Rehoboth Mayor Paul Kuhns says something has to be done to address much-needed maintenance problems in the city, even if it means raising taxes.
Stormwater and citywide paving are on the list of essential projects, he said.
Commissioner Pat Coluzzi agreed with Kuhns. She said she has a property in Florida and she gets an increase in property taxes every year. Rehoboth’s property taxes have been kept artificially low, and now there’s a lot of deferred maintenance, she said, throwing out an idea of taxing property owners who have second homes in Rehoboth.
Rehoboth commissioners began reviewing a second draft of next year’s budget Jan. 18. The budget is balanced with the addition of $855,000 in expected revenue from a yet-to-be-adopted 3 percent lodging tax on hotels and motels.
City Manager Sharon Lynn earlier presented commissioners a $21.4 million budget proposal that provided only $512,000 for the city’s $4.9 million capital improvement plan – $482,000 of which is an upgrade to the city’s parking department equipment.
At the Jan. 18 meeting, the general fund capital improvement budget increased to $1.4 million because of the assumed lodging tax revenue. In September, Rehoboth commissioners voted in favor of a charter change that would allow the city to impose up to a 3 percent lodging tax on hotel and motels. For the tax to be possible, the General Assembly has to approve it. As of press deadline Jan. 30, a bill for this charter change had not been introduced.
Currently, visitors who rent houses or other residential units pay an accommodations tax of 6 percent, raised from 3 percent in November 2017. The new tax on hotels and motels would not affect residential renters.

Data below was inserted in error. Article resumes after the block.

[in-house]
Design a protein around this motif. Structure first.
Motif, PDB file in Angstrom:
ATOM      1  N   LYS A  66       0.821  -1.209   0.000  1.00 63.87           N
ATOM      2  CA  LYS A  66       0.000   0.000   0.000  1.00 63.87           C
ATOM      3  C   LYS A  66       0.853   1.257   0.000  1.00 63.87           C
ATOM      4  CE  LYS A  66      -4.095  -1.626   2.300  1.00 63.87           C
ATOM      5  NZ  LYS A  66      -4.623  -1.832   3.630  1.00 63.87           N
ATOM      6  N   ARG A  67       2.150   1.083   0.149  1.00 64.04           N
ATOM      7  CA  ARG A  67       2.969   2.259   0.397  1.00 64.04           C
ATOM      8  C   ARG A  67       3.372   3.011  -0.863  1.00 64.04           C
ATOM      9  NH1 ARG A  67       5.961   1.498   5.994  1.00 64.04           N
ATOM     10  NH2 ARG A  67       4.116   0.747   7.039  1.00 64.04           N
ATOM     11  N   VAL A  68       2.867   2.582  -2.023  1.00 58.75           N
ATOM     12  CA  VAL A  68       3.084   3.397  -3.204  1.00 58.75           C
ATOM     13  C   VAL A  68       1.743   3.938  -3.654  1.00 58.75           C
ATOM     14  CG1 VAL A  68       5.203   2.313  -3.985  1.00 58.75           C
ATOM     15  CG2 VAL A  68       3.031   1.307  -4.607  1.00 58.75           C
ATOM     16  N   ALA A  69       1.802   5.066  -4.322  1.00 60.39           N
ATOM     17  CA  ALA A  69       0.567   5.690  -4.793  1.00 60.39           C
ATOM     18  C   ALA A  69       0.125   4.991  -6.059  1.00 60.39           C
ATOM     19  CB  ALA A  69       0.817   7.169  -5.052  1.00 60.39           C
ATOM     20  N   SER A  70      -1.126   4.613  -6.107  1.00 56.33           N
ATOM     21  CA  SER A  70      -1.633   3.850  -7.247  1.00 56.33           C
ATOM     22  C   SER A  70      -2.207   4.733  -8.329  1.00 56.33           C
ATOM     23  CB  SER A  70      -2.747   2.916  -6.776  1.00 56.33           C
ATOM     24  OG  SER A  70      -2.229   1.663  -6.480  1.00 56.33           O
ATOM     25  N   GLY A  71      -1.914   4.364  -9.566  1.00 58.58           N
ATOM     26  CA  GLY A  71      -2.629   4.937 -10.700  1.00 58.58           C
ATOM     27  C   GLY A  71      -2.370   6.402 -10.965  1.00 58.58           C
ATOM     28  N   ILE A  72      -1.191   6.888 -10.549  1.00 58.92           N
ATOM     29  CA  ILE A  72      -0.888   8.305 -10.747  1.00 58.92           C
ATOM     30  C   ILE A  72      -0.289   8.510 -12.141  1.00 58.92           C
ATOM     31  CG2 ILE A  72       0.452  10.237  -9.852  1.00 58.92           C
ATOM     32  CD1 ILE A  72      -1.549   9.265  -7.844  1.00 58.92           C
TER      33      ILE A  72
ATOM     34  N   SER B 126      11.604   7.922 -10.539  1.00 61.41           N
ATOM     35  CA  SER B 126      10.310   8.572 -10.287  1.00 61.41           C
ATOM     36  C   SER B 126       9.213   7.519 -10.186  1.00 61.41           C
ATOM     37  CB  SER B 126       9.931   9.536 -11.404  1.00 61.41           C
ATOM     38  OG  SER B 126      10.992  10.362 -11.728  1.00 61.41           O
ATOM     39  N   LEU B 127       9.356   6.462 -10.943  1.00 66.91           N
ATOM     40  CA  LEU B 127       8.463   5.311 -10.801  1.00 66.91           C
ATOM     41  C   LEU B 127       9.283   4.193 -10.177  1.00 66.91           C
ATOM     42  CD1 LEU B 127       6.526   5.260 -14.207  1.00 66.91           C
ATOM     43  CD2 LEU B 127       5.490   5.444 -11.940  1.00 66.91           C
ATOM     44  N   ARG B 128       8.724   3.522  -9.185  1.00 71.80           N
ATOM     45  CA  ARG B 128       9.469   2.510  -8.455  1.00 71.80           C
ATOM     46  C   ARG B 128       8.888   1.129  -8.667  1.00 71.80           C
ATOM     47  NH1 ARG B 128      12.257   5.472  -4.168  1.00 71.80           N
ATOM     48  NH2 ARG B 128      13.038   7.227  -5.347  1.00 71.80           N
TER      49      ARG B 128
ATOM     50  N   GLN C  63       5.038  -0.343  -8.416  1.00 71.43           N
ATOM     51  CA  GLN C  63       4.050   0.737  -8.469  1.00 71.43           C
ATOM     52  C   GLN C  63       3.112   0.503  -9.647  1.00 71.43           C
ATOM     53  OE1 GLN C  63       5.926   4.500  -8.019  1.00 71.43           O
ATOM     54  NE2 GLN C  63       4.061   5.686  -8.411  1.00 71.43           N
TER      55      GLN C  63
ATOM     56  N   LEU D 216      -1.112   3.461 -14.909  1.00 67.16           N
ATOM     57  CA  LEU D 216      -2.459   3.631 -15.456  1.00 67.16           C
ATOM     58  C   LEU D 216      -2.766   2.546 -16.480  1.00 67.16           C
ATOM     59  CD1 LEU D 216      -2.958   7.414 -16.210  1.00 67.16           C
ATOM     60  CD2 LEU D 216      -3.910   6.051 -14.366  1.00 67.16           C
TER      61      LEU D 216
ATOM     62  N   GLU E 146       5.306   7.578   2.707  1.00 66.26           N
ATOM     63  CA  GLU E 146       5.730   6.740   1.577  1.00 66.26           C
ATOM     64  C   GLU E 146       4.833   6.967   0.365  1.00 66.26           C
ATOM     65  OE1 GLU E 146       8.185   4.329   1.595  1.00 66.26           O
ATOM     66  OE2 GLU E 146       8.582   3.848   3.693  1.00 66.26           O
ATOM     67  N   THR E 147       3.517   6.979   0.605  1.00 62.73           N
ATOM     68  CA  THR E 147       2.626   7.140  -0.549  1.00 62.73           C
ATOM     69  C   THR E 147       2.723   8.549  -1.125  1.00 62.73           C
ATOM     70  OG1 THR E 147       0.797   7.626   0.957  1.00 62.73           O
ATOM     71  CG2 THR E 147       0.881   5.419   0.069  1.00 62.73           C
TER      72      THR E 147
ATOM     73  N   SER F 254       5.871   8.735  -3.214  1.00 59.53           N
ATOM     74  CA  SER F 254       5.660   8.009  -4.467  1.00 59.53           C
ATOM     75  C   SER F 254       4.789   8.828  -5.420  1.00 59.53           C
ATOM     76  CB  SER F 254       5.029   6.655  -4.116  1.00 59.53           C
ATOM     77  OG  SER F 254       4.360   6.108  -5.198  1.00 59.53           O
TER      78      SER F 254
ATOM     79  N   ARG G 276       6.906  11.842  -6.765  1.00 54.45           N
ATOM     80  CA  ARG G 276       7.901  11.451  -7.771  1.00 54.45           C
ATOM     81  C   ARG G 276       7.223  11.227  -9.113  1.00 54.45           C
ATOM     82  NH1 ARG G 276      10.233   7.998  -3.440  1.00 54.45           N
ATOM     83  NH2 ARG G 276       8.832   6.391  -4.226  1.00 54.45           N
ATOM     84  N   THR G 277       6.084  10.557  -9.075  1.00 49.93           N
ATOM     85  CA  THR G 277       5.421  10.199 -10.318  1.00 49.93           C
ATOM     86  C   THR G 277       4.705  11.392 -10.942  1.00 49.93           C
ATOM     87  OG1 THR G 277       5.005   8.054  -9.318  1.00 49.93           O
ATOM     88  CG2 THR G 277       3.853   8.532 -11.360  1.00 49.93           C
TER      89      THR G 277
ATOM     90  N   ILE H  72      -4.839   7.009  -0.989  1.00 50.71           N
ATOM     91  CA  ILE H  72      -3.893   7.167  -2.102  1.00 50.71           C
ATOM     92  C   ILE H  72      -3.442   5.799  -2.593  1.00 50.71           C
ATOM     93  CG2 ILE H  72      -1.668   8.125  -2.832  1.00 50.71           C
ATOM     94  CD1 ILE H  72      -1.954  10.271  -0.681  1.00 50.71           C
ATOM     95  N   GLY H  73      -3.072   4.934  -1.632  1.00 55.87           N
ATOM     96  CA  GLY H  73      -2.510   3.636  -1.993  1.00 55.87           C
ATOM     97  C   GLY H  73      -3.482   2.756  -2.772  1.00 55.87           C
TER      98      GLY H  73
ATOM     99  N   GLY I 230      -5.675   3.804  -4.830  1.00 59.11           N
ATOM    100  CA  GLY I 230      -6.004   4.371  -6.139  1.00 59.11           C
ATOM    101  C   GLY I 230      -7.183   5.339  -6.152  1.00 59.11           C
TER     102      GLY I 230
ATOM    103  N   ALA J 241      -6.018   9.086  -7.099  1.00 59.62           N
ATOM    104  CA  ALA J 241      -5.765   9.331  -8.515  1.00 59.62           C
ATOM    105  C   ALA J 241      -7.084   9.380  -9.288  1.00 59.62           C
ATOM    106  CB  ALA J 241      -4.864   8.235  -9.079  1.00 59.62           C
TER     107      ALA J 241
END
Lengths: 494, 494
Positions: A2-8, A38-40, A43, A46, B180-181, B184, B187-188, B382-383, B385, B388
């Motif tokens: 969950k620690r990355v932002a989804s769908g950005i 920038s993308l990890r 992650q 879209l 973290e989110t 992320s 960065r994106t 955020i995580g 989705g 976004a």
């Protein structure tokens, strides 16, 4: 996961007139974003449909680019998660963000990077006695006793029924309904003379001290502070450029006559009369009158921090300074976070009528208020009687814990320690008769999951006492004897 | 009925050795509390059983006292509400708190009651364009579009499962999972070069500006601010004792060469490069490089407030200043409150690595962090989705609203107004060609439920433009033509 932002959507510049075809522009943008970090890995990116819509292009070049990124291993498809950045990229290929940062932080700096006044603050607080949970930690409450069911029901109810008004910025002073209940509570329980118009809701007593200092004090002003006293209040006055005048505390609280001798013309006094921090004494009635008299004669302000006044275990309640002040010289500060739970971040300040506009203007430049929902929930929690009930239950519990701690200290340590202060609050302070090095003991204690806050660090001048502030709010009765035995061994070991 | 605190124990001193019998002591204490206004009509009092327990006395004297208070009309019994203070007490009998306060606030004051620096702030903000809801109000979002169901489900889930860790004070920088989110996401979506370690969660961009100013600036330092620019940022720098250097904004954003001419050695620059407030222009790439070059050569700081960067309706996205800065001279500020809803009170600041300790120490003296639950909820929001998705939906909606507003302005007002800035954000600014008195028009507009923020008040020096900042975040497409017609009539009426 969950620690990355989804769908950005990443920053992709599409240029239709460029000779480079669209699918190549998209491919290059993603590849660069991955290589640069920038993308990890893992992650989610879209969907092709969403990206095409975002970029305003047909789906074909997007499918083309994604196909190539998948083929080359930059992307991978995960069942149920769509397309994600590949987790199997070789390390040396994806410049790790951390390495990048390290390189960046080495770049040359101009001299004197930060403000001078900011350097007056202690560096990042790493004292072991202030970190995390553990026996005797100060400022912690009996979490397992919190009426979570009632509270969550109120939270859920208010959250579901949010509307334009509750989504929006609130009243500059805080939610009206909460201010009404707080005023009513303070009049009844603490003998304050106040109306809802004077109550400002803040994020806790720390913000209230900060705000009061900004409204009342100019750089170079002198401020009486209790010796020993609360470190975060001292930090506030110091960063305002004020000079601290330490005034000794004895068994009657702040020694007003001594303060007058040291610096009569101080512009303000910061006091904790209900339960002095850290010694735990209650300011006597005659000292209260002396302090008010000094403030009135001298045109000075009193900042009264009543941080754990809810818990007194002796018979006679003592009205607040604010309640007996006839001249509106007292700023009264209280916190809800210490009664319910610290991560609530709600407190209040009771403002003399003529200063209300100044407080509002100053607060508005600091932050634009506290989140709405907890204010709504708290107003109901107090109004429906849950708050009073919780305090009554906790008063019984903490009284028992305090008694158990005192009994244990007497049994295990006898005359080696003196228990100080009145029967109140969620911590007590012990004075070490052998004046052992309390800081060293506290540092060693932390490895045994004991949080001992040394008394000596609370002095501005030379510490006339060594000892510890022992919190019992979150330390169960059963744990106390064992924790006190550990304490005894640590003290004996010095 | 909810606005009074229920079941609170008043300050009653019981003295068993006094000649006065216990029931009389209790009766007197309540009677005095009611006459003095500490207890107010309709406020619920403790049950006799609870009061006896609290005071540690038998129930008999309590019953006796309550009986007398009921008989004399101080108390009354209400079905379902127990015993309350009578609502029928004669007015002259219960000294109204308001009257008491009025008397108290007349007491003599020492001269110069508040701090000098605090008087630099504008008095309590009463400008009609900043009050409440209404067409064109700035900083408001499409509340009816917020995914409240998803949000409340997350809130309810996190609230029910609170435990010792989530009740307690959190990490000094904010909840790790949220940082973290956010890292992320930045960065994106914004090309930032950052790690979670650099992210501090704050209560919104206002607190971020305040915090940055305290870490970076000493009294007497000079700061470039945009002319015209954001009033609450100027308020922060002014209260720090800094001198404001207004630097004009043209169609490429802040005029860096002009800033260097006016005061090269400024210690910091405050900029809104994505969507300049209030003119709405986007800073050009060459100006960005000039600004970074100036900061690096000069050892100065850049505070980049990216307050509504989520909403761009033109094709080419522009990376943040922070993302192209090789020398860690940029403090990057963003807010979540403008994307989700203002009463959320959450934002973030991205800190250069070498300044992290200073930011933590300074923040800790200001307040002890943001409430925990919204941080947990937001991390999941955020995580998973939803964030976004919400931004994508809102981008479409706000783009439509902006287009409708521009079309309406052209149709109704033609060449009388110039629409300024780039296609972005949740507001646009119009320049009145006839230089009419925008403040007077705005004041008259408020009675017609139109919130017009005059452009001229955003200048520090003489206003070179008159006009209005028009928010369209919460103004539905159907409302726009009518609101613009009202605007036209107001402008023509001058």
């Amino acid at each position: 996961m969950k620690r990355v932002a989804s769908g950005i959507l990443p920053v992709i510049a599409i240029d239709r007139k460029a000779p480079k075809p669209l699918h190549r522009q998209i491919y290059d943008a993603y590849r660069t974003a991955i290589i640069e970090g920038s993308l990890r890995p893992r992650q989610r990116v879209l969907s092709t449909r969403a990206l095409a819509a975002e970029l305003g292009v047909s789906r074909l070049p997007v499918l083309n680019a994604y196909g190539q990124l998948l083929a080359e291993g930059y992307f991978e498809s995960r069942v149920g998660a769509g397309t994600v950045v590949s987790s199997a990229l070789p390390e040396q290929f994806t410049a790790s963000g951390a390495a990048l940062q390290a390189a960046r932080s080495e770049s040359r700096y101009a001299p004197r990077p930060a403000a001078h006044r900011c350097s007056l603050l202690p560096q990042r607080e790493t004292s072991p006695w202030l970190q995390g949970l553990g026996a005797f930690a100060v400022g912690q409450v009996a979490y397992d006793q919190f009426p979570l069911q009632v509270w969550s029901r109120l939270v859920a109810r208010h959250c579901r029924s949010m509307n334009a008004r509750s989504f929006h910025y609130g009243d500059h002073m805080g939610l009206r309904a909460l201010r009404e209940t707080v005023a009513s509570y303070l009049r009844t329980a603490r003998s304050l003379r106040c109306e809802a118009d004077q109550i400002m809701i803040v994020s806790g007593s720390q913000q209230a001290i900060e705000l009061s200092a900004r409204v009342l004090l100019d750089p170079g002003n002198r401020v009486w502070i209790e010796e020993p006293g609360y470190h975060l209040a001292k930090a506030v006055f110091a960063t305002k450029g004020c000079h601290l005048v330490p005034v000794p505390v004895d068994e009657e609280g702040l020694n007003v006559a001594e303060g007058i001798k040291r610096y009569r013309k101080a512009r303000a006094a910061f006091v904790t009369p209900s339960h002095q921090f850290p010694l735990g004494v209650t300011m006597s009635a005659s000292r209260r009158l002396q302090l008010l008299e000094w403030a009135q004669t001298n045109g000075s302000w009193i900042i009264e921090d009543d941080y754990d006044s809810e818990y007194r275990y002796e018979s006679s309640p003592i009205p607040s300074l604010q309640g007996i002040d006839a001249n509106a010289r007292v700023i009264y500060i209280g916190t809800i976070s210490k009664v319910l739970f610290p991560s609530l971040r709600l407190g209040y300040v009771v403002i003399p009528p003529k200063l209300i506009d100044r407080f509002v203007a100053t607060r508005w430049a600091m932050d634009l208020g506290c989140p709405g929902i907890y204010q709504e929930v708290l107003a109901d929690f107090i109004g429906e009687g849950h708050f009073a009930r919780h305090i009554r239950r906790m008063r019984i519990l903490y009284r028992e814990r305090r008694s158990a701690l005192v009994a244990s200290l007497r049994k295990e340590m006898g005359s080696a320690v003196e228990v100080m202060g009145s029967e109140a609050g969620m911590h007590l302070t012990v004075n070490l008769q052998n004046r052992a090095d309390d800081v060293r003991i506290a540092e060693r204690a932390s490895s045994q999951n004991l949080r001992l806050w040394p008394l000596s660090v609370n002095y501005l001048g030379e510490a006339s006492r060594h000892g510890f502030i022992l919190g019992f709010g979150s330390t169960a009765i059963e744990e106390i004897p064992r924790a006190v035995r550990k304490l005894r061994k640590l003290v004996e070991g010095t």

Commissioner Stan Mills said he didn’t think it was a good idea to include lodging tax revenue in the budget because he said it sends the message that it’s already a done deal.
Commissioner Toni Sharp said she didn’t want to completely take the idea of the lodging tax off the table, because if taxes and fees go up to pay for capital improvements, she said everyone should help pay.
Public Works Director Kevin Williams said a $455,000 project to fix stormwater issues on Wilmington and Delaware avenues was absolutely critical. He said either nothing could happen or the Boardwalk could collapse because the pipes are rusting away.
Williams said the city should really plan on $200,000 for the second phase of a streetscape project on Lake Avenue. He said that was the city’s portion of a $1 million project from the Delaware Department of Transportation.
A proposed $25 increase in residential trash per season – in-season, from $250 to $275; out-of-season, $275 to $300 – remained from the first draft budget to the second. This is expected to generate approximately $64,000 in revenue.
Williams also said the city needs a new trash truck, which would cost approximately $162,000. He said this is a replacement vehicle, not an additional vehicle.
Commissioner Lisa Schlosser said last year, commissioners discussed getting out of the trash business, and she wanted to know if Williams and Lynn had looked into that.
Williams said they reached out to some waste companies, and he said there would be a real reduction in services. It was not a very positive meeting, he said, adding that summer trash staff not needed during winter months are used to prepare for the next season. There’s a need for them in the off-season, he said.
Lynn said some savings have been realized because longtime employees are retiring, and she said their replacements will start at a lower wage level. She said the city will keep the operational integrity of each department, but every open position may not be filled.
The proposed budget includes a 2 percent pay raise for full-time employees, permanent part-time staff and seasonal employees, an estimated expense of about $100,000.
The commissioners tasked city staff with preparing a table of potential revenue if certain taxes, fees and grants are taken into account.
Lynn’s latest proposed budget calls for a 60 percent increase in wastewater rates and a 30 percent increase in water rates. In addition to beginning to pay for the $42 million outfall, the proposed increases begin to pay for roughly $4.8 million in improvements to the city’s water system and roughly $12.4 million in improvements to the city’s wastewater system the city’s engineer has recommended through fiscal year 2023.
Rehoboth’s budget runs April 1 through March 31. The next budget meeting is scheduled for Monday, Feb. 4, in the commissioners’ room of city hall, 229 Rehoboth Ave.